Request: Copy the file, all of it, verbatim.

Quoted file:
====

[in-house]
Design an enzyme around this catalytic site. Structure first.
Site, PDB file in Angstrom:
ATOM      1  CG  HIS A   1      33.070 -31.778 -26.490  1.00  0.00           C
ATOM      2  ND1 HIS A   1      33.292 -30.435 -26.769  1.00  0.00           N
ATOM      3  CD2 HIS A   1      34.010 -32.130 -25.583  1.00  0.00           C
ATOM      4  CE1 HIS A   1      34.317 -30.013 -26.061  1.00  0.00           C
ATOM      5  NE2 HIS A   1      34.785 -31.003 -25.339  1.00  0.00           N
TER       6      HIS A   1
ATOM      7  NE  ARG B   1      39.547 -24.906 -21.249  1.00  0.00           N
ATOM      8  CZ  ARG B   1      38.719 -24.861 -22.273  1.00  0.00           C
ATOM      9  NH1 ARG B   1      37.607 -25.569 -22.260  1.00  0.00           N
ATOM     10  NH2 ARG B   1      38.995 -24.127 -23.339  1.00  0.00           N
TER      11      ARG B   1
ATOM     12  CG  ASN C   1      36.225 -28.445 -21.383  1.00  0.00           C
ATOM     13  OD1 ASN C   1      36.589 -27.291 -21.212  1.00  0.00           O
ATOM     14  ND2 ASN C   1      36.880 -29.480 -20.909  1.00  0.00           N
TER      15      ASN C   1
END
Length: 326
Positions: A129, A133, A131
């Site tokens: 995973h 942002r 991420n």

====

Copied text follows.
[in-house]
Design an enzyme around this catalytic site. Structure first.
Site, PDB file in Angstrom:
ATOM      1  CG  HIS A   1      33.070 -31.778 -26.490  1.00  0.00           C
ATOM      2  ND1 HIS A   1      33.292 -30.435 -26.769  1.00  0.00           N
ATOM      3  CD2 HIS A   1      34.010 -32.130 -25.583  1.00  0.00           C
ATOM      4  CE1 HIS A   1      34.317 -30.013 -26.061  1.00  0.00           C
ATOM      5  NE2 HIS A   1      34.785 -31.003 -25.339  1.00  0.00           N
TER       6      HIS A   1
ATOM      7  NE  ARG B   1      39.547 -24.906 -21.249  1.00  0.00           N
ATOM      8  CZ  ARG B   1      38.719 -24.861 -22.273  1.00  0.00           C
ATOM      9  NH1 ARG B   1      37.607 -25.569 -22.260  1.00  0.00           N
ATOM     10  NH2 ARG B   1      38.995 -24.127 -23.339  1.00  0.00           N
TER      11      ARG B   1
ATOM     12  CG  ASN C   1      36.225 -28.445 -21.383  1.00  0.00           C
ATOM     13  OD1 ASN C   1      36.589 -27.291 -21.212  1.00  0.00           O
ATOM     14  ND2 ASN C   1      36.880 -29.480 -20.909  1.00  0.00           N
TER      15      ASN C   1
END
Length: 326
Positions: A129, A133, A131
């Site tokens: 995973h 942002r 991420n």